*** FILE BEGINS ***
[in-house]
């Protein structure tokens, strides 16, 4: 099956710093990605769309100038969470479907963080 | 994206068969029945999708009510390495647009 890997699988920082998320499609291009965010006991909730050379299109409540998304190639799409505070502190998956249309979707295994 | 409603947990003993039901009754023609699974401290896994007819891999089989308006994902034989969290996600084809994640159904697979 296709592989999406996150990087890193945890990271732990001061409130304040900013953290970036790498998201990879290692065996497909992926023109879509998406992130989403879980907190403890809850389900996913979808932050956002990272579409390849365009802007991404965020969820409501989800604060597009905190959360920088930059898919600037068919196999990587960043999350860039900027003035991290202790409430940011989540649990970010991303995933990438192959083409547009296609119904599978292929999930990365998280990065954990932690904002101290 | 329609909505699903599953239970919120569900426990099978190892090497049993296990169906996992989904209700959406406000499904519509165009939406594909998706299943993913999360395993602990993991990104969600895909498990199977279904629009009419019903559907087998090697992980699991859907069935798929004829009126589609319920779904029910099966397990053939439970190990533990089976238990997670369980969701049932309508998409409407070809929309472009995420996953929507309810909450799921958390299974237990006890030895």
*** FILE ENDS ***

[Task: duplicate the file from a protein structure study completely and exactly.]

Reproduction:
[in-house]
């Protein structure tokens, strides 16, 4: 099956710093990605769309100038969470479907963080 | 994206068969029945999708009510390495647009 890997699988920082998320499609291009965010006991909730050379299109409540998304190639799409505070502190998956249309979707295994 | 409603947990003993039901009754023609699974401290896994007819891999089989308006994902034989969290996600084809994640159904697979 296709592989999406996150990087890193945890990271732990001061409130304040900013953290970036790498998201990879290692065996497909992926023109879509998406992130989403879980907190403890809850389900996913979808932050956002990272579409390849365009802007991404965020969820409501989800604060597009905190959360920088930059898919600037068919196999990587960043999350860039900027003035991290202790409430940011989540649990970010991303995933990438192959083409547009296609119904599978292929999930990365998280990065954990932690904002101290 | 329609909505699903599953239970919120569900426990099978190892090497049993296990169906996992989904209700959406406000499904519509165009939406594909998706299943993913999360395993602990993991990104969600895909498990199977279904629009009419019903559907087998090697992980699991859907069935798929004829009126589609319920779904029910099966397990053939439970190990533990089976238990997670369980969701049932309508998409409407070809929309472009995420996953929507309810909450799921958390299974237990006890030895």